IRS Executives Accused of Taking Improper Tax Deductions

Friday, February 21, 2014
(AP photo)

Top officials at the Internal Revenue Service (IRS) have taken tax deductions on travel-related expenses they were not entitled to under the law, according to the IRS’s watchdog agency.


In a new report (pdf) by the Treasury Inspector General for Tax Administration, many IRS executives had improperly classified their travel as something other than “long-term taxable travel” (LTTT).


LTTT is used when employees travel to another city for more than one year, or work away from their “official station” for an indefinite amount of time. This classification means they are required to pay taxes on any travel-related reimbursements they receive.


The audit discovered that nine out of 31 IRS senior executives did not use LTTT to avoid paying taxes in 2011 and 2012.


Three other employees were faulted for not submitting their records on time.


The average travel reimbursement for the 31 executives was $51,420.


The Treasury Inspector General for Tax Administration said the IRS needs to do a better job of ensuring compliance by workers when doing their taxes.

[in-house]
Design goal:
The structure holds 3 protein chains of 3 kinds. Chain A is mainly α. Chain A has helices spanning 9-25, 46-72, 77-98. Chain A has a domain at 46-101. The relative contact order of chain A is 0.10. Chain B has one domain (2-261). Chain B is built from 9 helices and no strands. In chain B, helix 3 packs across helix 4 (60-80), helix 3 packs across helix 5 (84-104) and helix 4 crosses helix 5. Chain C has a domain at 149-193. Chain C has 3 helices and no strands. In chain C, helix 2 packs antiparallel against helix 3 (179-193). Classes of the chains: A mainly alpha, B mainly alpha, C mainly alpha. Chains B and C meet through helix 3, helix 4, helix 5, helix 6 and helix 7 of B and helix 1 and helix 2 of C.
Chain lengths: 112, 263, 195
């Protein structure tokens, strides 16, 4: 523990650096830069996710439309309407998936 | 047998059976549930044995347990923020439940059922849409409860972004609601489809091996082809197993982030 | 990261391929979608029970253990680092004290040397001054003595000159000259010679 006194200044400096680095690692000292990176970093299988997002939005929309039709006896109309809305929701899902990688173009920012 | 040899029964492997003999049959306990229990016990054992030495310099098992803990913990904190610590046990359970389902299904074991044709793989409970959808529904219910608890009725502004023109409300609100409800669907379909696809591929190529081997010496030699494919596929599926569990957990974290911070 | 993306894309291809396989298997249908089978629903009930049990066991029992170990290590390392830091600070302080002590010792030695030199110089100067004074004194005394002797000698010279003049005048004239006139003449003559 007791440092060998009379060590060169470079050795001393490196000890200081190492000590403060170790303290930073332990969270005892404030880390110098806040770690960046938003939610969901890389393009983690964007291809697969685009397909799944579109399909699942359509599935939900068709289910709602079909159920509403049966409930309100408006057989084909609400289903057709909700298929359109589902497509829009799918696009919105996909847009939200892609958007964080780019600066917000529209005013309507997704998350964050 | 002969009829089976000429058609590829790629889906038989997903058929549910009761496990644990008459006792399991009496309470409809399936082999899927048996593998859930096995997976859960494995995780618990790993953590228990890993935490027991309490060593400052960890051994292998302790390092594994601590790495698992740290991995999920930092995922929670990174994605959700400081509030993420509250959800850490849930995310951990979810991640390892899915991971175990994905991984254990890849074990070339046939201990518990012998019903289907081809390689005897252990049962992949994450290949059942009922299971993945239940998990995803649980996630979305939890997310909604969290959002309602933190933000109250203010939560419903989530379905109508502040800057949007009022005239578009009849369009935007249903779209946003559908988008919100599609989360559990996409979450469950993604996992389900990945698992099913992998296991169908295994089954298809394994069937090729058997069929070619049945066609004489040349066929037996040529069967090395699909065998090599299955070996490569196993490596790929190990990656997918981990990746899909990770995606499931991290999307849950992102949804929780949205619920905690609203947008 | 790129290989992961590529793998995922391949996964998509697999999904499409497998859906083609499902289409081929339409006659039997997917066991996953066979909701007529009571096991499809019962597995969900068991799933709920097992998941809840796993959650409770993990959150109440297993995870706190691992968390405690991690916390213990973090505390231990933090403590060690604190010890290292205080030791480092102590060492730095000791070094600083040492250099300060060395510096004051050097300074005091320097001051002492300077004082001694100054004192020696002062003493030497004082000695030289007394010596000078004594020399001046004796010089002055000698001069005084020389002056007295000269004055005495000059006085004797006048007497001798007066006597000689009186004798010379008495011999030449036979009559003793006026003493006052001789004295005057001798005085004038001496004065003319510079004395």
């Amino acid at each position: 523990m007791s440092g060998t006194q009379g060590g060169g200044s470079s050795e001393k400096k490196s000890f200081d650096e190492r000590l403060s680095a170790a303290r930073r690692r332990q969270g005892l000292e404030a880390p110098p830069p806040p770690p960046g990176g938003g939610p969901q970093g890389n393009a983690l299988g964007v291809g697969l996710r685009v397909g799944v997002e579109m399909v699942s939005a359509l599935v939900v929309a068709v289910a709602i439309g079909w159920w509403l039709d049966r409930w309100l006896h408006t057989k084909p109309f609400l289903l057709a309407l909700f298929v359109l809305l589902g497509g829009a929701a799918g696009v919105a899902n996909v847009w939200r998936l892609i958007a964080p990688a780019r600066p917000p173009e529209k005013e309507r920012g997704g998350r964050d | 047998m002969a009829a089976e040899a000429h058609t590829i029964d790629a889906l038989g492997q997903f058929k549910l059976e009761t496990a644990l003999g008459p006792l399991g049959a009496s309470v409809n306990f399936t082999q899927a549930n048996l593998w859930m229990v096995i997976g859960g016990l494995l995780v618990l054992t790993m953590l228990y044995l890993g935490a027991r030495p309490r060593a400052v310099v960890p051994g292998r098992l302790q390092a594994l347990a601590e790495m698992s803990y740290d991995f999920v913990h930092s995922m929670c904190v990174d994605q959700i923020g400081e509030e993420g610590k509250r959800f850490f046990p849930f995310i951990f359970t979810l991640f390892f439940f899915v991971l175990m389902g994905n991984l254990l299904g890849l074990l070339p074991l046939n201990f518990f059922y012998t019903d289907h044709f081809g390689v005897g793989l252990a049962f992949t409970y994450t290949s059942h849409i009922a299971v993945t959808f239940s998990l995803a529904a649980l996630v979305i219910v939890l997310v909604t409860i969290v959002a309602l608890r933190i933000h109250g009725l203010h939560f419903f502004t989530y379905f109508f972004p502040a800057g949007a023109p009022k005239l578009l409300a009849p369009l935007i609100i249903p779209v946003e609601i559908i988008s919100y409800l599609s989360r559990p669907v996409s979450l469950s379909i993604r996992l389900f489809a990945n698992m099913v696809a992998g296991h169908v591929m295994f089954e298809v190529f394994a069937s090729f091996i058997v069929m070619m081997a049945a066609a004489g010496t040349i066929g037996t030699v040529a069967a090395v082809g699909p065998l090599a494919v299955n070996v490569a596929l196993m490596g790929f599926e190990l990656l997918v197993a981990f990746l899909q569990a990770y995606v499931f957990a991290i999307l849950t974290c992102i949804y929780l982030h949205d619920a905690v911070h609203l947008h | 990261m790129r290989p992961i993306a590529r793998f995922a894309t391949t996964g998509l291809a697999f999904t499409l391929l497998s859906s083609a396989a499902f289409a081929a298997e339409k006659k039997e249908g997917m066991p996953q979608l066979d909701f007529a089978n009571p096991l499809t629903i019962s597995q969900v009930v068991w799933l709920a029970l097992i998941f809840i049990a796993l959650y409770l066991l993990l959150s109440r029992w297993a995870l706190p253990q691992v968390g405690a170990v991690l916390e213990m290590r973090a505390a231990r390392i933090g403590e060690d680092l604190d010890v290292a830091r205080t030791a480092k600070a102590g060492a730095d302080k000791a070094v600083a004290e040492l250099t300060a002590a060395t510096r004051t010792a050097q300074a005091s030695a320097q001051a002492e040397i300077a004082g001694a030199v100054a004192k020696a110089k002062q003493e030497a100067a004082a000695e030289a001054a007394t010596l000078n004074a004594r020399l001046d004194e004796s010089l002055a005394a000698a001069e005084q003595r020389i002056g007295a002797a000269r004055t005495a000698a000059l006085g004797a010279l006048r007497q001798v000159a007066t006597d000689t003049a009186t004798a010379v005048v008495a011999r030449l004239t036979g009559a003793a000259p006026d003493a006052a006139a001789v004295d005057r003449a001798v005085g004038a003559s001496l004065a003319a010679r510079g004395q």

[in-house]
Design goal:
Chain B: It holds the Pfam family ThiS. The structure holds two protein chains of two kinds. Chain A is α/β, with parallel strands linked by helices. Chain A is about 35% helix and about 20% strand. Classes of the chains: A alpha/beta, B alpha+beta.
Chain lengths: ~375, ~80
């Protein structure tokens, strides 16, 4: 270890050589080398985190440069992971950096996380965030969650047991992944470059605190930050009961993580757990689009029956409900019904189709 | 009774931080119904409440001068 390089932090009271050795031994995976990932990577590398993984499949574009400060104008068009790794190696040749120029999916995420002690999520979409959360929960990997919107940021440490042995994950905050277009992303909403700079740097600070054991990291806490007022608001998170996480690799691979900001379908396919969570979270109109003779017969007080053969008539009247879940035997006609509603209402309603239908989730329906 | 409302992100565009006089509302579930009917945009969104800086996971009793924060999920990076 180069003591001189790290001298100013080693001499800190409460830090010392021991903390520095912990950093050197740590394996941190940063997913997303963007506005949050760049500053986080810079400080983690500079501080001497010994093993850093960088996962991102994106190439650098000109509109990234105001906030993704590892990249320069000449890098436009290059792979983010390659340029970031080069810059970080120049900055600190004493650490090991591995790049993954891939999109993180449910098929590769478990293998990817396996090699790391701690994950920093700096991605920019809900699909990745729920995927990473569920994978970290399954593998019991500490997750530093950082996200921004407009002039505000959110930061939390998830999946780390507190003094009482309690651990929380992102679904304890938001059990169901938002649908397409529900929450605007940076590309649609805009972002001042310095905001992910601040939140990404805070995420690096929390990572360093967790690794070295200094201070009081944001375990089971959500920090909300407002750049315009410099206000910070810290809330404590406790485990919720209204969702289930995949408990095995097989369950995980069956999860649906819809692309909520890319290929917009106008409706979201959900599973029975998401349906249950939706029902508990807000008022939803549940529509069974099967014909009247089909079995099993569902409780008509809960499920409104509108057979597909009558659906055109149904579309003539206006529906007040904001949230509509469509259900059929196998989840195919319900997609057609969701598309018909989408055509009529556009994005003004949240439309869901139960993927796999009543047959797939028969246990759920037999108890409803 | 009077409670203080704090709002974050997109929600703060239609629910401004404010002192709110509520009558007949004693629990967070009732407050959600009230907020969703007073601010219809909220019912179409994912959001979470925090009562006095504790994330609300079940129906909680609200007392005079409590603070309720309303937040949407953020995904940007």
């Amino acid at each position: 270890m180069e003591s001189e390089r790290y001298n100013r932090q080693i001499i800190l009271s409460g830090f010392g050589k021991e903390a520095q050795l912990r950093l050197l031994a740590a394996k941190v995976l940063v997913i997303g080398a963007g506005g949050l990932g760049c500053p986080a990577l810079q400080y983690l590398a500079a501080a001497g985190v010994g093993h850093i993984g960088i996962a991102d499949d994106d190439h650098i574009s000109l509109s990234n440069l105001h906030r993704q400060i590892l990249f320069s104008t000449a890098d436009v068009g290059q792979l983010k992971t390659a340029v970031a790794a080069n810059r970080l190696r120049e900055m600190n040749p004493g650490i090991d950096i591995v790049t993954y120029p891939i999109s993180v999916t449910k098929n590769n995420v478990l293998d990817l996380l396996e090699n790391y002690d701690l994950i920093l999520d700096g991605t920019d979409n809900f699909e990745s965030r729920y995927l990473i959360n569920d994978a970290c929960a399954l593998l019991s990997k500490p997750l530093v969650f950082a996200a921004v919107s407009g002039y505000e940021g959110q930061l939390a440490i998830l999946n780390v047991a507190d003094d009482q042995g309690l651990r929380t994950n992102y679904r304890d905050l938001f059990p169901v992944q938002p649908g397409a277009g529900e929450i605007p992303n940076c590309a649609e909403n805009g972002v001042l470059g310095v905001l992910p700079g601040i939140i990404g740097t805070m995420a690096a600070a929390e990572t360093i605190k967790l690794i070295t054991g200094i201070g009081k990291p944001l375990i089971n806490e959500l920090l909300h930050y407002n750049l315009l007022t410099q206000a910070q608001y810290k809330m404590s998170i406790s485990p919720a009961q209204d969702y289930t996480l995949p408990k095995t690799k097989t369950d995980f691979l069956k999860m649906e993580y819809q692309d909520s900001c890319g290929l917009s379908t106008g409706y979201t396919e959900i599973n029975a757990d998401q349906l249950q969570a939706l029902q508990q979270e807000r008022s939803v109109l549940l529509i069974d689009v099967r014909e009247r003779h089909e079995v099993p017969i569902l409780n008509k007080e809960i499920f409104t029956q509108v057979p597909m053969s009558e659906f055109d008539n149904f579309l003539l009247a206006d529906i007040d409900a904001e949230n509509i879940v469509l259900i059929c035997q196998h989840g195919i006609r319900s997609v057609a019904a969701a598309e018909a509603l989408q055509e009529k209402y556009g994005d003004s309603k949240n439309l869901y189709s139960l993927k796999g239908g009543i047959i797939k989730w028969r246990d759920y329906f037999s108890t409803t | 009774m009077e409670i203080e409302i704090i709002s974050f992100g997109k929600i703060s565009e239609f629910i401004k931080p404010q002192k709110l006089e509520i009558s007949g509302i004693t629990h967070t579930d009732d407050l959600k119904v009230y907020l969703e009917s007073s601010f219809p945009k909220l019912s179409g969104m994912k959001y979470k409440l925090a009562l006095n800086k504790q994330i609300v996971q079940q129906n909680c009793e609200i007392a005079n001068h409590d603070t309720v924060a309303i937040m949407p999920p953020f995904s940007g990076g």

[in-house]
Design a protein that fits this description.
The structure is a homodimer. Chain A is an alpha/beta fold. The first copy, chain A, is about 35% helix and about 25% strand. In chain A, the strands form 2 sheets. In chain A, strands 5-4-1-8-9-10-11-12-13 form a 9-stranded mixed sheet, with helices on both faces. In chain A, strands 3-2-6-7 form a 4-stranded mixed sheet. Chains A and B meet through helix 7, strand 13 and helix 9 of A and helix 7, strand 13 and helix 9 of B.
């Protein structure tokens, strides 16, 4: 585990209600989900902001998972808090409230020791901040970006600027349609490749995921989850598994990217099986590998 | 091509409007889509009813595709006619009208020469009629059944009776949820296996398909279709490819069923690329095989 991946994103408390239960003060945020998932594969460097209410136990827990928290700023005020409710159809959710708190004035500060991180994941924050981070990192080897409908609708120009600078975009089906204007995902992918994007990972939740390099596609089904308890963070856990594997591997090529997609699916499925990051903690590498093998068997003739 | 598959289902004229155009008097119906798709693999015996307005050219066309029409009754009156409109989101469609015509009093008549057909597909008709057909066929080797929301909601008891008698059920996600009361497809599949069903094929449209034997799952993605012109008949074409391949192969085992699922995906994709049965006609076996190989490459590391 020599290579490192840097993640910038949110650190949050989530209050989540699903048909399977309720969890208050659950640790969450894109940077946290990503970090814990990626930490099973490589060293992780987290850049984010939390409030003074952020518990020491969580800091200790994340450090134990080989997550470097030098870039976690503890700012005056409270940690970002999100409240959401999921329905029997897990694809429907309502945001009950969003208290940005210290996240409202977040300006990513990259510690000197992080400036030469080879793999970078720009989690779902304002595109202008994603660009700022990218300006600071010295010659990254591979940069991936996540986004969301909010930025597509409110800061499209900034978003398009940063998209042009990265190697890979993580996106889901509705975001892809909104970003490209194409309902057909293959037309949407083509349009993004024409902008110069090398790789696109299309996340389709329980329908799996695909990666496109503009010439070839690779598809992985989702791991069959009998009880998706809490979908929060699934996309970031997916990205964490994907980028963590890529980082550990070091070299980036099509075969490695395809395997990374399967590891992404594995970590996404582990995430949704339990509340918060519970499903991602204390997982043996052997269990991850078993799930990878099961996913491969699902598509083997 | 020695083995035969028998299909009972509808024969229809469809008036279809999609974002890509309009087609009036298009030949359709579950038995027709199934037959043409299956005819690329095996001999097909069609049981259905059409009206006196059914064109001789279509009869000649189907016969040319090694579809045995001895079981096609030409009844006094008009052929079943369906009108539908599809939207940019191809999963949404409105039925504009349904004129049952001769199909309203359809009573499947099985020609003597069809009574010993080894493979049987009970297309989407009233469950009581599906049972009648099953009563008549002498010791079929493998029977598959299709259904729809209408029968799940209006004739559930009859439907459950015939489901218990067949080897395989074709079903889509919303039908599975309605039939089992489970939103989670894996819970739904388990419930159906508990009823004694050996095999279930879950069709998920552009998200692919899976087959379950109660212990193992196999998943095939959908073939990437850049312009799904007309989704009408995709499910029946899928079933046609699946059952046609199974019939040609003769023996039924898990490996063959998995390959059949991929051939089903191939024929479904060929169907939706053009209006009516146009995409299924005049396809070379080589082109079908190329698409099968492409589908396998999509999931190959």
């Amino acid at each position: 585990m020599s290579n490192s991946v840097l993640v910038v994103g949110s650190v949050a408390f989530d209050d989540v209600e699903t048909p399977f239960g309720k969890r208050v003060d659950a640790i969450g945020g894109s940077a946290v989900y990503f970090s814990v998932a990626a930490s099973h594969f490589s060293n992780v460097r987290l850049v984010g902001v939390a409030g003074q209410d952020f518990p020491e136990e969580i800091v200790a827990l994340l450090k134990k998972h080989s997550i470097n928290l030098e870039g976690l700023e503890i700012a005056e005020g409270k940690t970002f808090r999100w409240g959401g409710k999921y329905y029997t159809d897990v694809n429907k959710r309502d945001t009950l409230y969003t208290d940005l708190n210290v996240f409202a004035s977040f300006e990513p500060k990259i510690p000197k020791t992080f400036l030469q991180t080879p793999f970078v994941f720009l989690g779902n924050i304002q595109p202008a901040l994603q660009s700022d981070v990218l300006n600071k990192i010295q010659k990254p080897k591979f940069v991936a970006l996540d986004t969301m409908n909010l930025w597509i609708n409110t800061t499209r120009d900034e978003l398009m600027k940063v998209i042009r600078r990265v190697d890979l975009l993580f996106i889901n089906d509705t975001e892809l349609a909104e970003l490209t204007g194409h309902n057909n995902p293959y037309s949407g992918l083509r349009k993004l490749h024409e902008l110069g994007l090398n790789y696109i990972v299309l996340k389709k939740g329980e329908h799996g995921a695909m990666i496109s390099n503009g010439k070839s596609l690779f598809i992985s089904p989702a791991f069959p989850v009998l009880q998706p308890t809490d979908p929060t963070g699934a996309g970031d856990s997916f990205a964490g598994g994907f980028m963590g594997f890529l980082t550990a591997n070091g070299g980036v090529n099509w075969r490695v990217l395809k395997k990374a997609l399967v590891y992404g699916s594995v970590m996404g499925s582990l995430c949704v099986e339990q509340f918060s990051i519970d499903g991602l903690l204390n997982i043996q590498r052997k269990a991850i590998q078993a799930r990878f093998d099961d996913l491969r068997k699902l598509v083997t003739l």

“The IRS has established adequate guidance defining when travel is taxable and employees’ and managers’ responsibility to make that determination,” the auditors wrote. “However, the guidance was not consistently followed.”


A previous inspector general report (pdf), released last July, showed that the IRS spent $9 million on executive travel in 2011 and 2012 combined, and that a small percentage of IRS officials had very high travel expenses compared to others. That report was produced during congressional inquiries into extravagant IRS spending on training conferences and comic video productions.

-Noel Brinkerhoff


To Learn More:

IRS Senior Execs Took Improper Tax Deductions (by Eric Katz, Government Executive)

IRS Executives Incorrectly Classified Their Travel as Nontaxable (by Michael Cohn, Accounting Today)

Internal Revenue Service’s Executive Long-Term Taxable Travel (Treasury Inspector General for Tax Administration) (pdf)

IRS Contractors Owe $589 Million in Back Taxes (by Matt Bewig, AllGov)


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